A 42 year inference of cloud base height trends in the Luquillo Mountains of northeastern Puerto Rico

TitleA 42 year inference of cloud base height trends in the Luquillo Mountains of northeastern Puerto Rico
Publication TypeJournal Article
Year of Publication2018
AuthorsMiller, PW, Mote, TL, Ramseyer, CA, Van Beusekom, AE, Scholl, MA, Gonzalez, G
JournalClimate Research
Volume76
Pagination87–94
KeywordsCaribbean, Cloud base height, cloud forest, Lifted condensation level, Luquillo Mountains, Tropical Rainforest
AbstractThe Luquillo Mountains of eastern Puerto Rico are home to the only tropical rainfor- est managed by the United States Forest Service, with cloud-immersed forests historically occupy- ing the highest elevations. However, within the past 50 yr, studies of the Luquillo cloud forest have suggested an increase in cloud base heights (CBH), although the CBH in the area was not quan- tified until recently. The present work uses radiosonde observations from nearby San Juan, Puerto Rico, to contextualize the present-day CBH within a 42 yr (1975−2016) proxy record and deter- mine evidence for rising cloud base. Two key questions are addressed: (1) Can theoretical CBH calculations from San Juan provide a reasonable proxy for CBHs in the Luquillo Mountains? (2) Does a significant trend accompany the CBH lifting inferred from recent work in the region? The mean-layer lifted condensation level (MLLCL), a thermodynamic parameter expressing the alti- tude at which a rising air parcel reaches 100% relative humidity, serves as the proxy. The 42 yr MLLCL time series corroborates both the low CBHs claimed in the 1980s and the higher CBHs documented by recent work. When considering all available radiosonde data, statistically signifi- cant increasing CBH trends are detected for all seasons. However, when the record is standard- ized to correct for progressive vertical resolution improvements to radiosonde observations, recent CBH increases are more modest than initially indicated, and statistically significant increases are only apparent in the late rainfall season.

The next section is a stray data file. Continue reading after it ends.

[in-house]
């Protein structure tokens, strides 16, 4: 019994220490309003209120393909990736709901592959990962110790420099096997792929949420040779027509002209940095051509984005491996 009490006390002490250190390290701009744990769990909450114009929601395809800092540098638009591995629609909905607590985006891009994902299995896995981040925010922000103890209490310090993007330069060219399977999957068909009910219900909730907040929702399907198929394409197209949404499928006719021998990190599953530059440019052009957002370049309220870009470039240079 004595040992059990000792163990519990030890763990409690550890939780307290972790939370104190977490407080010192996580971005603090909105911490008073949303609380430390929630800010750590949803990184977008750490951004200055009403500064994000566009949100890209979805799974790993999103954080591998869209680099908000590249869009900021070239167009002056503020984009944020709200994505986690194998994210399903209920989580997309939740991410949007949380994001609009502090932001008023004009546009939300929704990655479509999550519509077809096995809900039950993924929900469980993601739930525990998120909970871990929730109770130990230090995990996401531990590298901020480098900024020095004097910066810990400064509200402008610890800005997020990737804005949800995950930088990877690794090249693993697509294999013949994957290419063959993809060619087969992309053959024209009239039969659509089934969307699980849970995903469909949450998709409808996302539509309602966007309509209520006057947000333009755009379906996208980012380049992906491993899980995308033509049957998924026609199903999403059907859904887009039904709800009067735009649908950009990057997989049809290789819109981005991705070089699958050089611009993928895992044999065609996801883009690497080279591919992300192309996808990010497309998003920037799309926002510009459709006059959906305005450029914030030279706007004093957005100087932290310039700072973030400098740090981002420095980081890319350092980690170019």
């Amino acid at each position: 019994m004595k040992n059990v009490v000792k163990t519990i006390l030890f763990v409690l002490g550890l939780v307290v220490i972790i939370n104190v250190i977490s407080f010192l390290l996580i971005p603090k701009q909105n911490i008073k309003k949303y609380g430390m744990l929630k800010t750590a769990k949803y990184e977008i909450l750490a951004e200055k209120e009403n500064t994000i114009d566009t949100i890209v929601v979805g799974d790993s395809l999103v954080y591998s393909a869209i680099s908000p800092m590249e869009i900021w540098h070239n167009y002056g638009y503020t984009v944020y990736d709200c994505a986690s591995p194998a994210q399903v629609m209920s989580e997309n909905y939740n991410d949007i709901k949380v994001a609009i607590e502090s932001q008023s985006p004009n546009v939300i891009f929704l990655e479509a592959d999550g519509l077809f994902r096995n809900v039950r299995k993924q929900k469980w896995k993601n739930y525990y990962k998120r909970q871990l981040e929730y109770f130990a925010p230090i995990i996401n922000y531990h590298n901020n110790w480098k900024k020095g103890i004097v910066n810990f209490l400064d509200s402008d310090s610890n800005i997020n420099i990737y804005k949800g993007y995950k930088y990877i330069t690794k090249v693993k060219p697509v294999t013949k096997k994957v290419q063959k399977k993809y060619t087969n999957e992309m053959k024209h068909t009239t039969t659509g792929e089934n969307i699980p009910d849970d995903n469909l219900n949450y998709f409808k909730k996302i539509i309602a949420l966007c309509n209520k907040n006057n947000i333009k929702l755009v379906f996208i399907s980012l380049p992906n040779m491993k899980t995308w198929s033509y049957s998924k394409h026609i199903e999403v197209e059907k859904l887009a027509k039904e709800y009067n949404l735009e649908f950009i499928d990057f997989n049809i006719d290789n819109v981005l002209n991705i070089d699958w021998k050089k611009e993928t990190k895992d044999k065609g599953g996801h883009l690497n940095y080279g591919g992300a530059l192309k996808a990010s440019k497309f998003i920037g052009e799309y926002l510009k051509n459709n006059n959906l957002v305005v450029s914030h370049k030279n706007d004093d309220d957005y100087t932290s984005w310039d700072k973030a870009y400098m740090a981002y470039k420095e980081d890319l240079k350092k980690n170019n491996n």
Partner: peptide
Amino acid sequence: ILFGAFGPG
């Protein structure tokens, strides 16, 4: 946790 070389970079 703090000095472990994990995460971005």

DOI10.3354/cr01529
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